It is more common to see church’s, schools and hospitals with external lightning protection fitted, as these are classed as high risk buildings, especially with them being public places and in most instances tall. It is less common to see domestic dwellings with external lightning protection, however it does happen occasionally. It is more common to see a domestic dwelling with overhead power lines feeding the property.

Surge Protection

Surge Protection, as in type 2 and 3, are not mandatory, although they are strongly recommended it is not a requirement to have them fitted and your electrical system will still come up to standard without them. In our last blog we discussed the reasons why you would want to fit surge protection in your own home.

I hope this has made it a bit clearer for you, if you need any more advice on what sort of protection you need to be either fitting or recommending, please give us a call on 01484 851747 or you can send us an email through our contact form.

Our website has a great product selector page, to find out which device you need please click here.

Thanks for reading, Helen Johnson

Why should you fit a surge arrester in your home?

Domestic surge arrestors are not mandatory, so why are so many people now fitting them?

The reason is money. The cost of a domestic surge arrestor such as our SY2-D is negligible compared with buying a new TV or replacing the electrical items in your house. Do a quick mental calculation of how much your electrical items are worth, your TV, washing machine, cooker, fridge and not forgetting all of the things you plug in to charge, such as phones, tablets and laptops. Now you can see how that bill would quickly mount up if your home was effected by surges.

Surges occur in every electrical system, they can come from your mains power, turning lights on or turning on large electrical items (such as a washing machine). Unlike lightning damage, Surge damage isn’t as easily seen, it won’t be anything dramatic like blowing up or setting on fire as can occur with lightning damage. Surges just slowly degrade all of the electrical components in your electrical system, which will shorten the life span of your electrical items. A TV that should last 5 years could only potentially last 2 years, if it’s seeing continuous surges.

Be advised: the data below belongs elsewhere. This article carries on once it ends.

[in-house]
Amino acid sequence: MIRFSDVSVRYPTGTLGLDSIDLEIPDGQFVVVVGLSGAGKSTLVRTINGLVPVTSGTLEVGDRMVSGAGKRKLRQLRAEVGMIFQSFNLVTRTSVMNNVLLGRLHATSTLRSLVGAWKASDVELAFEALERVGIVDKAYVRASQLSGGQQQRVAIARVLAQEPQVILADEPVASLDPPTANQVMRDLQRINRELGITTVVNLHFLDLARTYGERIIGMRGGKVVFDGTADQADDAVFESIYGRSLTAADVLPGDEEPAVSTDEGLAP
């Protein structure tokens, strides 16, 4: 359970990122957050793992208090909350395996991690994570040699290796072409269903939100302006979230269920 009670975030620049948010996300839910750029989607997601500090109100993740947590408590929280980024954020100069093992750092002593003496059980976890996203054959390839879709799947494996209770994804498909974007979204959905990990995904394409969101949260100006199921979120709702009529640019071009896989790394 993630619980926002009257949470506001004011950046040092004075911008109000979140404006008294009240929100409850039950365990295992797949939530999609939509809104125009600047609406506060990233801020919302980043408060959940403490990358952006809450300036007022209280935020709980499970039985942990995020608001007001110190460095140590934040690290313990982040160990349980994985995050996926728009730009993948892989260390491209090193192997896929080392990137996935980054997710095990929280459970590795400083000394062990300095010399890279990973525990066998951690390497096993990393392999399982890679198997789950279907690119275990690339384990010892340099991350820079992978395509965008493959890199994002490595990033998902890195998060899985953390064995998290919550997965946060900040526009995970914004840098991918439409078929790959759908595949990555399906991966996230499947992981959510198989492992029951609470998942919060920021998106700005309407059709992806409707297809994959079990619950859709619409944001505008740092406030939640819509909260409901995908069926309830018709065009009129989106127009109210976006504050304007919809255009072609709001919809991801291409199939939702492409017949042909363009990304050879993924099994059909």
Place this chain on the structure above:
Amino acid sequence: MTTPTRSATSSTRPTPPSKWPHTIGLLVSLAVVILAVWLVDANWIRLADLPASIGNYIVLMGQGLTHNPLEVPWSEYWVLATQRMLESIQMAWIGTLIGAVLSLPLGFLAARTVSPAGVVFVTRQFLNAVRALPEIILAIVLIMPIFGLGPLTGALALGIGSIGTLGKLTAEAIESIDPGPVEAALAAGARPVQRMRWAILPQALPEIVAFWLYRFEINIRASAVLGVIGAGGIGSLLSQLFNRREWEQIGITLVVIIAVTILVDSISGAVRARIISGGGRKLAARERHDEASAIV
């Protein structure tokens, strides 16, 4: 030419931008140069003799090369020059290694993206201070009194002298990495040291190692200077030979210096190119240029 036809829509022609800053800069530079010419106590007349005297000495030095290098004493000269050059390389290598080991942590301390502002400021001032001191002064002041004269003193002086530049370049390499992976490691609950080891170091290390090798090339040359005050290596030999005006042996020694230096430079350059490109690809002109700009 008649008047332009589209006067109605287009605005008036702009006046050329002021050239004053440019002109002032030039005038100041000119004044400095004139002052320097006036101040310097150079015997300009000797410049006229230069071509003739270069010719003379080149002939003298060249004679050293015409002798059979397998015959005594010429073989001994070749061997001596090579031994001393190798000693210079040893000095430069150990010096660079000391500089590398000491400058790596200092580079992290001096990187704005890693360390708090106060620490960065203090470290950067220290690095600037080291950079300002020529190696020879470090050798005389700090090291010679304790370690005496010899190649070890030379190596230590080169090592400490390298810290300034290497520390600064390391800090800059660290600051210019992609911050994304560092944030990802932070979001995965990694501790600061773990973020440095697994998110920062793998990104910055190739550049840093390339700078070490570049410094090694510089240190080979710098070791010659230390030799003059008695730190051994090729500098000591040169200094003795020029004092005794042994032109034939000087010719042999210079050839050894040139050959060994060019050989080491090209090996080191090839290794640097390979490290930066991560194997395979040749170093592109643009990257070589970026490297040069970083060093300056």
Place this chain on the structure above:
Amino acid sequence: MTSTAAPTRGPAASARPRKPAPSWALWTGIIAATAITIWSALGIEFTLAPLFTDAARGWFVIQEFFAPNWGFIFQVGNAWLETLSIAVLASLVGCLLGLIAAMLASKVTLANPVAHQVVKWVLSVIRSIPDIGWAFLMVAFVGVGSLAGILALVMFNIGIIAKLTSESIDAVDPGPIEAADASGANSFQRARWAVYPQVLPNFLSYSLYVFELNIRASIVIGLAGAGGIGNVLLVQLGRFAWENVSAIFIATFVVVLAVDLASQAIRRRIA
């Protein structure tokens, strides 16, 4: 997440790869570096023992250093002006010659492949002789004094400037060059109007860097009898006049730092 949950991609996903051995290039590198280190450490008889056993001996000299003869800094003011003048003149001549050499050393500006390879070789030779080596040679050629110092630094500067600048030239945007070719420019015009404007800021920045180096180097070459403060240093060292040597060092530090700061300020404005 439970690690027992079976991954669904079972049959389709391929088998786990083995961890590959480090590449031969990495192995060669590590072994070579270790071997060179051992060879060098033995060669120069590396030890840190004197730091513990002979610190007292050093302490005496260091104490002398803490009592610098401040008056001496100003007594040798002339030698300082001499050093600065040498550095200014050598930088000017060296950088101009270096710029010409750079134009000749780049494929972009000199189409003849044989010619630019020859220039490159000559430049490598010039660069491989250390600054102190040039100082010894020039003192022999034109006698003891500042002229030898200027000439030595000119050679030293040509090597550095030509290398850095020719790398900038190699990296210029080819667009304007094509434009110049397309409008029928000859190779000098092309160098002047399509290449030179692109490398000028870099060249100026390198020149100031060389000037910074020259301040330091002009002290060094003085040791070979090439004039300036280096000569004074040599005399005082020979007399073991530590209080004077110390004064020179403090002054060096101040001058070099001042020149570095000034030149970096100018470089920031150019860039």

trailing lead surge protection

Many people say “I don’t need to worry about surges, I use those surge protection trailing leads”. The problem with using these trailing leads as your only form of surge protection is that you don’t plug everything in to them, even the most safety conscious person would not think of plugging their washing machine or fridge through a trailing lead. When you start looking at how many of these trailing leads you would need to protect your whole house, can you imagine how much that would cost? Obviously it would be less than replacing all of your electrical goods, but still expensive, especially when you consider that the majority of surge protection trailing leads sold have little or no information on how they actually work or whether they comply with any sort of standards or regulations.

SY2DLED-surge-protection-device

The most efficient and cost effective way to protect a domestic property from surges is a domestic surge arrester. This can be mounted inside (or next to) any consumer unit, its easily wired in with a parallel connection to an adjacent breaker, a connection to the neutral bar and a connection to the earth bar and that’s it, your whole installation is protected from surge’s.

At only £56.44 each nett, the SY2-D provide a complete surge protection solution to your domestic installation for a great price!

For more information on this device, please see below:

http://www.surgedevices.co.uk/product/sy2-d-type-23-universal-pluggable-surge-arrester-2-pole-spn/

For help choosing the best device if you are looking for something different, please see below:

http://www.surgedevices.co.uk/which-device-do-i-need/

 

Thanks for taking the time to read this article and if there is anything you need please contact us on 01484851747.

Helen Johnson

New Product!!! Type 1+2+3, 100kA, Full mode protection common and differential

We have added a new product to our range that directly competes with the Furse ESP415M1. This new product provides enhanced protection to BSEN62305 & BSEN61643. The technical specs are listed below…

  • Very low let through voltage between all conductors less than 600V
  • Full mode protection, phase to earth, phase to neutral, neutral to earth
  • Combined arrester Type 1+2+3 can handle lightning currents and protect sensitive electronic equipment
  • Lightning protection Level 1, which is the highest 100kA 10/350µs
  • Three way visual indication of status
  • Remote changeover contacts can be linked to BMS, buzzer, light etc
  • No earth leakage, means RCD, RCCB will not trip
  • Will extinguish follow currents after activation
  • Din rail mountable
  • Manufactured in Europe by market leading company
  • Can be supplied in a metal or polycarbonate IP65 housing for a small additional cost
  • Internal thermal disconnector

Available in three phase: 10811LED or single phase 10812LED.

Surge Protection Devices Ltd are always striving to bring out new, innovative products to add to their collection of over 3,000 products they already have.

If you would like any more information about this product, please contact our technical helpline on 01484851747.